Allergenic Terpenoids

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Science  24 Aug 2012:
Vol. 337, Issue 6097, pp. 893
DOI: 10.1126/science.337.6097.893-c

Common ragweed is native to North America but has become widespread in most temperate regions around the world. It can cause strong allergic reactions in people with hay fever, including severe irritation of the airways; however, little is known about the secondary metabolites from this plant and their involvement in the allergic response. Taglialatela-Scafati et al. have analyzed the composition of the aerial parts of common ragweed collected from an urban environment in the outskirts of Novara, Italy. Common ragweed samples collected only 100 m away from each other had different phytochemical profiles, illustrating the heterogeneity of the European populations of this plant. Along with numerous known compounds, the authors discovered eight unknown sesquiterpenoids and show that these compounds are activators of TRPA1, a sensor that is a major player in the induction of inflammatory pathologies of the airways. Samples of common ragweed pollen were too small to allow the identification of specific constituents, but the chemical characteristics of the pollen extract suggest that the pollen also contains these secondary metabolites. Low-molecular terpenoids may thus play a role in the allergic response to common ragweed.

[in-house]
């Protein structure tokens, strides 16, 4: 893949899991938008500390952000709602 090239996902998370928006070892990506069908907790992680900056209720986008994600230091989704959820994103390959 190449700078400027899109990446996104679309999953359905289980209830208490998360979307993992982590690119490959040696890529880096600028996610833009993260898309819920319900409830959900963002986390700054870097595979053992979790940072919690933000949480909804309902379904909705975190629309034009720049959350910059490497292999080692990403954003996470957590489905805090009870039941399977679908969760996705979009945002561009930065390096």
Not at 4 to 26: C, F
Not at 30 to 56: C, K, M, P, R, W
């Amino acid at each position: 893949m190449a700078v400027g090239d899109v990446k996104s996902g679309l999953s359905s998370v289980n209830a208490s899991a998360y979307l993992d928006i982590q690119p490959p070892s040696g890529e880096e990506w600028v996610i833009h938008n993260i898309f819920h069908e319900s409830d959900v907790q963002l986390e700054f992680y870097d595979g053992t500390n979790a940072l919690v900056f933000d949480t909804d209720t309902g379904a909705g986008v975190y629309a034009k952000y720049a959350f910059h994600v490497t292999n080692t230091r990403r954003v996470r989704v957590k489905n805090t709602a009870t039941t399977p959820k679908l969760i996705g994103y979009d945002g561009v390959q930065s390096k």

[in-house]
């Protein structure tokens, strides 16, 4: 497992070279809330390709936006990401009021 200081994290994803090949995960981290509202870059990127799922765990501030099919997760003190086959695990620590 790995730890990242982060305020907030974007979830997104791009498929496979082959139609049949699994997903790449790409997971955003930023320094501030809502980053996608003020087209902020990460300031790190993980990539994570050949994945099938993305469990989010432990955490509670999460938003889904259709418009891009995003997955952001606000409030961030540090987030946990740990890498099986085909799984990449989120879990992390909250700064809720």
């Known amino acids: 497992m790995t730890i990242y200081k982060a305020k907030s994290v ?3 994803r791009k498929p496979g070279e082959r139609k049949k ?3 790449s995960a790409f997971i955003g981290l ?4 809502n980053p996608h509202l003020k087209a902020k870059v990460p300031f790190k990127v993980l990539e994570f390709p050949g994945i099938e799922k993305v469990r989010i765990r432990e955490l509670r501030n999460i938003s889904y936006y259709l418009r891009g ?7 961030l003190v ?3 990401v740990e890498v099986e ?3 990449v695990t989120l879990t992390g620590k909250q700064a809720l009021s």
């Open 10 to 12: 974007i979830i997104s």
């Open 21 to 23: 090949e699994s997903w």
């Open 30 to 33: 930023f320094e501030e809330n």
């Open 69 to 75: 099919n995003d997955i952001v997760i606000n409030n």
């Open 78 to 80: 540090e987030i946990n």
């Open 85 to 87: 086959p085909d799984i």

Eur. J. Org. Chem. 10.1002/ejoc.201200650 (2012).

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